methods mainly the ACS_R. ACS2_H seems quite slow
than other ACO algorithms. This is natural since ACS2_H
is a hybrid algorithm.
Table 3: Results for queen graphs
(G1=miles 500; G2=miles 750; G3=miles 1000; G4=miles 1500)
In tables 3 and 4, the column “optimal” means the bestknown results for some of the DIMACS benchmark
graphs[14]. ACO algorithms appear more powerful than
other methods, particularly ACS1_R algorithm that gives
best results mainly for large graphs. Indeed, while
referring to table1, we note that ACS1_R enables us to
In this work, we have developed the first adaptation of
Ant Colony Optimisation for the GCP. We presented two
different methods. The first one constructs repeatedly
feasible solutions that are improved locally either by RLF
or DSATUR. These two constructive methods take into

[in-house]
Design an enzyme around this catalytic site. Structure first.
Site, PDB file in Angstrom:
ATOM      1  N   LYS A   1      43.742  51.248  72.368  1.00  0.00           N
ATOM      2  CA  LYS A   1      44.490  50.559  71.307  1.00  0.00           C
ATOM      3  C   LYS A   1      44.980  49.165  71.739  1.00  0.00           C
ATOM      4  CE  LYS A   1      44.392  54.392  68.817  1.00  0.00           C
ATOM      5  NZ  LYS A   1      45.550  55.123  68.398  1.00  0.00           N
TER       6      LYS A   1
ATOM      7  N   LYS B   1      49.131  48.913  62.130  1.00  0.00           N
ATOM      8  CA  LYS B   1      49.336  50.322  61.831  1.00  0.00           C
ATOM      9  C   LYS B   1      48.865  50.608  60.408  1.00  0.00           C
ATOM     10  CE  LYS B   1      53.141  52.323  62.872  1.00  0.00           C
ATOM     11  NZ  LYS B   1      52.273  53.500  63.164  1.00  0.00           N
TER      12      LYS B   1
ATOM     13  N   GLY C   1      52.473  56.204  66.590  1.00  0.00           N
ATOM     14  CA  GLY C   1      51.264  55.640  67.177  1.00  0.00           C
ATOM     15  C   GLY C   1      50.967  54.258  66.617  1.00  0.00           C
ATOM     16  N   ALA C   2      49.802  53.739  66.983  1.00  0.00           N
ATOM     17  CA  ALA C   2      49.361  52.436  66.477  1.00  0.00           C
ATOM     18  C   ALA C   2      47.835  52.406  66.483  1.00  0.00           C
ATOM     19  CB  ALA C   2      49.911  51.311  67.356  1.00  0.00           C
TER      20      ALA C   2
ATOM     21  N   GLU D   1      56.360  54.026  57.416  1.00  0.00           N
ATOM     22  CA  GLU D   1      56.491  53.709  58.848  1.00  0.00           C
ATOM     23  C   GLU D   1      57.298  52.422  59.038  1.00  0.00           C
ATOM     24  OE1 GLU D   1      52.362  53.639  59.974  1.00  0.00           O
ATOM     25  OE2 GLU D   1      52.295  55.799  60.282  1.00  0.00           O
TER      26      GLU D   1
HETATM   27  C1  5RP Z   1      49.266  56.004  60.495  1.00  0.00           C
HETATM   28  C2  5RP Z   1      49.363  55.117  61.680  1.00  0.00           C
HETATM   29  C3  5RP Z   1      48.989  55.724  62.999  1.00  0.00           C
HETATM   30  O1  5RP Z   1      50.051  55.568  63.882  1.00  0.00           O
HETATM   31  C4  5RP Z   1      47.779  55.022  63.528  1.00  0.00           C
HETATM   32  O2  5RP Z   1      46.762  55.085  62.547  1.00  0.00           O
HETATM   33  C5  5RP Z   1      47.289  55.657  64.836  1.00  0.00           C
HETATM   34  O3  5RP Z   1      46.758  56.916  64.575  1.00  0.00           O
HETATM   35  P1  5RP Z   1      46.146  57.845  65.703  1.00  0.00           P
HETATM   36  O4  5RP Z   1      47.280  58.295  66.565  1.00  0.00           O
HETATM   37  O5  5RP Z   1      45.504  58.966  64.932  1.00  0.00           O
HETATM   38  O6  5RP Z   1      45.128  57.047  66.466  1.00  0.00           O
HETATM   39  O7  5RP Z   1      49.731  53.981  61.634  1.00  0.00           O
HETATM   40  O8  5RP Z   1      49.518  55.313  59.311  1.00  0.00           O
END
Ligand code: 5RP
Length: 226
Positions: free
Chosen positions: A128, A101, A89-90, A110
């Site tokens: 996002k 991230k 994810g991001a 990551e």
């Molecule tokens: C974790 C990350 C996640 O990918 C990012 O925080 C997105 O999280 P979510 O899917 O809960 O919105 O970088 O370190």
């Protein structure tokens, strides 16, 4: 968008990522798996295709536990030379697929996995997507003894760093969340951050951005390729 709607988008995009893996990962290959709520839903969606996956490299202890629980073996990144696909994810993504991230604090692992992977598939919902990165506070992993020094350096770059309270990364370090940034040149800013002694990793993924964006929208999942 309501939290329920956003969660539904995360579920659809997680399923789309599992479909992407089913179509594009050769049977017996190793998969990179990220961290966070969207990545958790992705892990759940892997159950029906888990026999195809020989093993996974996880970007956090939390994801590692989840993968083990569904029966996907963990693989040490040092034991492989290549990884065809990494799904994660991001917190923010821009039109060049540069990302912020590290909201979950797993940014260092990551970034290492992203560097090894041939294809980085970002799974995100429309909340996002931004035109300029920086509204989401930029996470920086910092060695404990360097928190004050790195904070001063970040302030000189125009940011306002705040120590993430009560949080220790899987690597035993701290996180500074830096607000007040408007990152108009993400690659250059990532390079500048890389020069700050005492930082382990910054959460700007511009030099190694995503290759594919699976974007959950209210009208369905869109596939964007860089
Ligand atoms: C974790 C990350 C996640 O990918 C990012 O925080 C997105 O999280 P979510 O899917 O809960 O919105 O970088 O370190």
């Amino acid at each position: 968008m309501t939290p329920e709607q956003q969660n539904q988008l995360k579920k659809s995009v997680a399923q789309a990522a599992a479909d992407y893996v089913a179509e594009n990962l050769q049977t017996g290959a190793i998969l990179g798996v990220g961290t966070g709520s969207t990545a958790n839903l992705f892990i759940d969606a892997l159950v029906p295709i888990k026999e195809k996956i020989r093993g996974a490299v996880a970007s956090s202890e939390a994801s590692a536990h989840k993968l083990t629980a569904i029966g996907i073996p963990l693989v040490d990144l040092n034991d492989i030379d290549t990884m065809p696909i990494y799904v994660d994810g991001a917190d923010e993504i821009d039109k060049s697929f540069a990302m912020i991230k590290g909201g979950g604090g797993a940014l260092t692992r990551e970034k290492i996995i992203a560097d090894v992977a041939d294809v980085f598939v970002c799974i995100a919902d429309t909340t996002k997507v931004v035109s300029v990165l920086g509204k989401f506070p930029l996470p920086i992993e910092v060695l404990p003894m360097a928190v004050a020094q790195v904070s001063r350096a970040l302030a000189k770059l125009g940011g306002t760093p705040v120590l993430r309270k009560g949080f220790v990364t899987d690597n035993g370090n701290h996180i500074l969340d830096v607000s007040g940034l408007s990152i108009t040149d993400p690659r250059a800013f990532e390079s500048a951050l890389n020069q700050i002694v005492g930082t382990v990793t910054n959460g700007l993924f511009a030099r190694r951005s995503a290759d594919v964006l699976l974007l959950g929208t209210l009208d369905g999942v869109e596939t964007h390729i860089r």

account the different pheromone updates and thus the
heuristic information relative to the problem. In the second
method, the best solution found at each iteration is
improved using Tabu Search and these locally optimised
solutions are used in different pheromone updates.
Moreover, the possibility of improving the solution of
each ant is carried out by the Daemon. The preliminary
results we obtained on some well-studied DIMACS graphs
show that our approach may be effective. Indeed,
ACS1_D, ACS1_ R, ACS2 and ACS2_H reached most of
the best-known results. ACS1_R obtains also better results
than those of SS and SS_H on some graphs. In addition to
that, ACS with its two strategies is quite fast when
compared with other methods existing in literature. Since
the nature of ACO algorithms lends them to be
parallelized, we are now working on adaptation of a
parallel ACO algorithm for the GCP and some of its
generalisation such as list colouring and T-coloration.
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Intelligent Agents, Web Technologies and Internet Commerce (CIMCA-IAWTIC’05)